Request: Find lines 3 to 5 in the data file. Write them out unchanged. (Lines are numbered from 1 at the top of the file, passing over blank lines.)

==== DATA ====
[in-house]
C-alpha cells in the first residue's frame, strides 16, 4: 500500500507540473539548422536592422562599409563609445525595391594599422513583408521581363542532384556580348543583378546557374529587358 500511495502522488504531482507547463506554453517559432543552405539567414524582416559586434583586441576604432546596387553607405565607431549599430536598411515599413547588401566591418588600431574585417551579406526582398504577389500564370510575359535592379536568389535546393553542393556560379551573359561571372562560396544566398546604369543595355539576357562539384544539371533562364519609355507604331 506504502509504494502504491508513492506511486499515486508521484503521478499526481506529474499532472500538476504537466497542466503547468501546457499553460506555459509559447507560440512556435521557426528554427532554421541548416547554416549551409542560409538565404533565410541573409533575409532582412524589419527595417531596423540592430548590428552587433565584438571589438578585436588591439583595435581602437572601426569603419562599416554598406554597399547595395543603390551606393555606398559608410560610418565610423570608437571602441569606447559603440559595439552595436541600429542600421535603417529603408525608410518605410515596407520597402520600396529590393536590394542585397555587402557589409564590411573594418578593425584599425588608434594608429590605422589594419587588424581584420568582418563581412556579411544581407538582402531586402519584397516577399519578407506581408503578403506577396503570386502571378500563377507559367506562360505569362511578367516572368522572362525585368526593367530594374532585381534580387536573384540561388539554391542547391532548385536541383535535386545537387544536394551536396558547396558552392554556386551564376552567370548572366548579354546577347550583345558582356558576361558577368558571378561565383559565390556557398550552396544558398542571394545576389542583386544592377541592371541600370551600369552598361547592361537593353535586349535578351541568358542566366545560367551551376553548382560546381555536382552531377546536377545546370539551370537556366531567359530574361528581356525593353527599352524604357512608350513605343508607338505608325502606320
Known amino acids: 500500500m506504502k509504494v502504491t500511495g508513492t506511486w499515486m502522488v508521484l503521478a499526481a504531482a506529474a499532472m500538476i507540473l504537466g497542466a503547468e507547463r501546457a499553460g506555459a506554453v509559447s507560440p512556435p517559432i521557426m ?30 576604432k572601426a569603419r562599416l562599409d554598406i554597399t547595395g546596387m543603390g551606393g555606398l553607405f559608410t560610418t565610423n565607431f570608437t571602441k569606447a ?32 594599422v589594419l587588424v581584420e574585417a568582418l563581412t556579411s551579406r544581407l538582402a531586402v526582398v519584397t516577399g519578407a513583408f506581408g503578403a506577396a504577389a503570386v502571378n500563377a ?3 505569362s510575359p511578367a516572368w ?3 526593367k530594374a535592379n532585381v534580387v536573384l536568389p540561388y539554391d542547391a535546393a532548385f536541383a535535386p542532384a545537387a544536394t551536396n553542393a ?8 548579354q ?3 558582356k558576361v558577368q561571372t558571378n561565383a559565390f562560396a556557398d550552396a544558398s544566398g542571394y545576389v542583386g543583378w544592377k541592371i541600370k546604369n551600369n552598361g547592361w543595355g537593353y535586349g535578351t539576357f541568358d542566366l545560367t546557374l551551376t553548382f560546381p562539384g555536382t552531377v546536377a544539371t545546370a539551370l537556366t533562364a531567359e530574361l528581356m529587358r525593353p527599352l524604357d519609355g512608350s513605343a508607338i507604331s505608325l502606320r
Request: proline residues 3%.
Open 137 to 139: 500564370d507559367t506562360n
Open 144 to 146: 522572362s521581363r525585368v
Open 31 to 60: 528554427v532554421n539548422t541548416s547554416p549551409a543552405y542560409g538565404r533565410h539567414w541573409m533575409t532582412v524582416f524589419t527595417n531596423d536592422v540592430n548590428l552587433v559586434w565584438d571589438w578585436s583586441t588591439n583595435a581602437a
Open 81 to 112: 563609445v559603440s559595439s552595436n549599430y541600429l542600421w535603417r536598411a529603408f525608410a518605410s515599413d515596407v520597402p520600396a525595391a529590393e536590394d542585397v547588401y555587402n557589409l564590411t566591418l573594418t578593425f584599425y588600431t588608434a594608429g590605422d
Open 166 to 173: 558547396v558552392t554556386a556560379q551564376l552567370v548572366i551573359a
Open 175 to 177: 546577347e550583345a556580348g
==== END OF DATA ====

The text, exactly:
Known amino acids: 500500500m506504502k509504494v502504491t500511495g508513492t506511486w499515486m502522488v508521484l503521478a499526481a504531482a506529474a499532472m500538476i507540473l504537466g497542466a503547468e507547463r501546457a499553460g506555459a506554453v509559447s507560440p512556435p517559432i521557426m ?30 576604432k572601426a569603419r562599416l562599409d554598406i554597399t547595395g546596387m543603390g551606393g555606398l553607405f559608410t560610418t565610423n565607431f570608437t571602441k569606447a ?32 594599422v589594419l587588424v581584420e574585417a568582418l563581412t556579411s551579406r544581407l538582402a531586402v526582398v519584397t516577399g519578407a513583408f506581408g503578403a506577396a504577389a503570386v502571378n500563377a ?3 505569362s510575359p511578367a516572368w ?3 526593367k530594374a535592379n532585381v534580387v536573384l536568389p540561388y539554391d542547391a535546393a532548385f536541383a535535386p542532384a545537387a544536394t551536396n553542393a ?8 548579354q ?3 558582356k558576361v558577368q561571372t558571378n561565383a559565390f562560396a556557398d550552396a544558398s544566398g542571394y545576389v542583386g543583378w544592377k541592371i541600370k546604369n551600369n552598361g547592361w543595355g537593353y535586349g535578351t539576357f541568358d542566366l545560367t546557374l551551376t553548382f560546381p562539384g555536382t552531377v546536377a544539371t545546370a539551370l537556366t533562364a531567359e530574361l528581356m529587358r525593353p527599352l524604357d519609355g512608350s513605343a508607338i507604331s505608325l502606320r
Request: proline residues 3%.
Open 137 to 139: 500564370d507559367t506562360n